The concept of distributed wind generation has been around since the 1970's and is just now gaining acceptance in the utility sector. Traditionally most forms of generation have been located at some distance from load centers. Energy from these generation plants had to be transmitted to large load centers like Minneapolis and Chicago via high voltage transmission lines. With recent increases in energy demand of large cities and new load centers popping up in areas where there once was no demand for electricity, system planners are looking to distributed generation as a way to quench the energy thirst of 21st century society with smaller dispersed power plants that can supply energy directly to load centers without the construction of new multi-million dollar transmission lines.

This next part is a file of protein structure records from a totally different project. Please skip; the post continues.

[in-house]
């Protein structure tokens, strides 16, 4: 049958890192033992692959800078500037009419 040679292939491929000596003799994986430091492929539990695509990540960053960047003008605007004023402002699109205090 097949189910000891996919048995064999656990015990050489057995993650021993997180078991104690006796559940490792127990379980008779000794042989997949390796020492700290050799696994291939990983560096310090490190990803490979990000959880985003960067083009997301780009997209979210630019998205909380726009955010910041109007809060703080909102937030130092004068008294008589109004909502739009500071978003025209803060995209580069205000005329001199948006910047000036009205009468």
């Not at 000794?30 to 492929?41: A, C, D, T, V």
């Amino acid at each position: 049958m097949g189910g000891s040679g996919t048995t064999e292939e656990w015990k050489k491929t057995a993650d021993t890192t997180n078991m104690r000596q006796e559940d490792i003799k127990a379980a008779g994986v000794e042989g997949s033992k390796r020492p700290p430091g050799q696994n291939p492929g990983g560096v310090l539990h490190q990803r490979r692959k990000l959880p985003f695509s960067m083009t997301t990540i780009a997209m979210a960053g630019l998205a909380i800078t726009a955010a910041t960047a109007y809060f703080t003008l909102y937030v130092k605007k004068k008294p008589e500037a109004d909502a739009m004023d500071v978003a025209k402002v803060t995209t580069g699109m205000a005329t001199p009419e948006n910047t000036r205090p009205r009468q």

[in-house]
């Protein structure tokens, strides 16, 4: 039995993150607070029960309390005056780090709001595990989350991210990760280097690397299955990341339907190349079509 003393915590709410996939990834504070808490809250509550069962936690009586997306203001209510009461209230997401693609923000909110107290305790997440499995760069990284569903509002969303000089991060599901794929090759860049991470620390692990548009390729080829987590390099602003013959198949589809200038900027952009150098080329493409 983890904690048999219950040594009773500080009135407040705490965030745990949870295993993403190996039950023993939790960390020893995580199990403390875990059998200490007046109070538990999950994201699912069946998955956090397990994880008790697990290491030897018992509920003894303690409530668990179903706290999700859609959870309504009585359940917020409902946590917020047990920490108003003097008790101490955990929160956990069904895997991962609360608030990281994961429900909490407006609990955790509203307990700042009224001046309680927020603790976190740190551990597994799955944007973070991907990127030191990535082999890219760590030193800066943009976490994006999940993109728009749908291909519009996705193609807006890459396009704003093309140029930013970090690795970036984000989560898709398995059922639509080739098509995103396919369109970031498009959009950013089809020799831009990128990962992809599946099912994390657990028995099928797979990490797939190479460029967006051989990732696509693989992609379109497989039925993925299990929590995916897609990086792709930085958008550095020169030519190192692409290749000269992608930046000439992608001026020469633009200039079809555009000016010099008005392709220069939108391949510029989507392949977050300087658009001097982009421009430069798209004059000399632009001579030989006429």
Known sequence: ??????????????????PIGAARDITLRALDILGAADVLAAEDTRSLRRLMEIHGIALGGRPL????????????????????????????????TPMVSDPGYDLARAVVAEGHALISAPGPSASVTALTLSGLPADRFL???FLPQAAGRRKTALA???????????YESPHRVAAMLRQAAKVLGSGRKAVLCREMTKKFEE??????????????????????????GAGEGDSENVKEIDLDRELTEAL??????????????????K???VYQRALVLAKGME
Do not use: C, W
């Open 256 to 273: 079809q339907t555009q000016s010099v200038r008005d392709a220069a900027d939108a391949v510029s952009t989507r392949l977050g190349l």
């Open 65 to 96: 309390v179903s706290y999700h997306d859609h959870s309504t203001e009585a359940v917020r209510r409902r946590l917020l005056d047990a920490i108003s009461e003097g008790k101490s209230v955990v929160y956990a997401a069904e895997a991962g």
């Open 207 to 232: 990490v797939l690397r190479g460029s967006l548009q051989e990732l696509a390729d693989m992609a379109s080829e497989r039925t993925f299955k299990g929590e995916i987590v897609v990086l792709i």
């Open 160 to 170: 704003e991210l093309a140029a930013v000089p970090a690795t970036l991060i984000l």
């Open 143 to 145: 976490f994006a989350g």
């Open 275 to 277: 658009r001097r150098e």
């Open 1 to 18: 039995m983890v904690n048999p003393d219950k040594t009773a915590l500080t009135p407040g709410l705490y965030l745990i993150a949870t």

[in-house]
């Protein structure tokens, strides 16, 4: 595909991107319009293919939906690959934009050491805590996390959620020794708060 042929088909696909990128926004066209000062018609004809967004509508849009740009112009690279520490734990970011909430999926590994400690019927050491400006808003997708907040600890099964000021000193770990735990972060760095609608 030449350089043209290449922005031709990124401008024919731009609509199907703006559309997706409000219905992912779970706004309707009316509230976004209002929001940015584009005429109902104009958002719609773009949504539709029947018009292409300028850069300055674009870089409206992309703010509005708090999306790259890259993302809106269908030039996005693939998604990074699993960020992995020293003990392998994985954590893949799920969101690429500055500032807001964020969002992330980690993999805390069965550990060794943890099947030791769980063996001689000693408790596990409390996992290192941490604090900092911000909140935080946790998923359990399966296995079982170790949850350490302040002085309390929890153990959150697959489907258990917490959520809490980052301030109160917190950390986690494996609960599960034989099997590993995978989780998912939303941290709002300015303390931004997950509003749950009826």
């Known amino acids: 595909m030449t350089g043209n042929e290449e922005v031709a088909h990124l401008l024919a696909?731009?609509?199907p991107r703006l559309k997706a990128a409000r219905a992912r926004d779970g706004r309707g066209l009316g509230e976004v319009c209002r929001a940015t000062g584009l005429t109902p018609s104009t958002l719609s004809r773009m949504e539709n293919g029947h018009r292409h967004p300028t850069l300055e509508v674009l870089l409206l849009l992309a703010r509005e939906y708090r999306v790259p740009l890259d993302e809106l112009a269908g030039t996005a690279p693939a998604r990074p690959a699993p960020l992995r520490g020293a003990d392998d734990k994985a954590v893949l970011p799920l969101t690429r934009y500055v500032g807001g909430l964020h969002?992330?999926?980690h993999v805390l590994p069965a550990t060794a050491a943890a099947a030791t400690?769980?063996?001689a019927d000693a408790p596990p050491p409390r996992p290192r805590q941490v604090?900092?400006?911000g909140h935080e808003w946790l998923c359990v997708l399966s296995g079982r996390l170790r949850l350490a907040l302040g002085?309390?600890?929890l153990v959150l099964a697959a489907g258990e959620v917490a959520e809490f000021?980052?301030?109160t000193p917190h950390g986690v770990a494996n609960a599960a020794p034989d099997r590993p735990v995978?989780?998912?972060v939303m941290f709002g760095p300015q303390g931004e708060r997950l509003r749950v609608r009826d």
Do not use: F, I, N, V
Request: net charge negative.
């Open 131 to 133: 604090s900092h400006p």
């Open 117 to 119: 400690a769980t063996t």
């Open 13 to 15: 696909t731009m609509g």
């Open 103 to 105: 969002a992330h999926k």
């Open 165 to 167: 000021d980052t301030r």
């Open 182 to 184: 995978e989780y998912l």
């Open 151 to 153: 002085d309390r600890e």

Distributed wind generation, wind farms of just one or several wind turbines, have several advantages over traditional large wind farms:
* distributed wind, in many cases, has a lower cost to integrate into the existing grid than large wind farms,
* new turbine technology can add voltage and reactive power support to distribution feeders far from substations, improving system reliability and power quality,
* distributed wind generation, in many cases, can supply power much closer to electrical loads than conventional power plants significantly reducing electrical losses as well as lessening constraints on congested power lines,
* distributed wind generation is a way for community stake holders to control electrical generation, allowing communities to keep energy dollars local and to take control their energy future.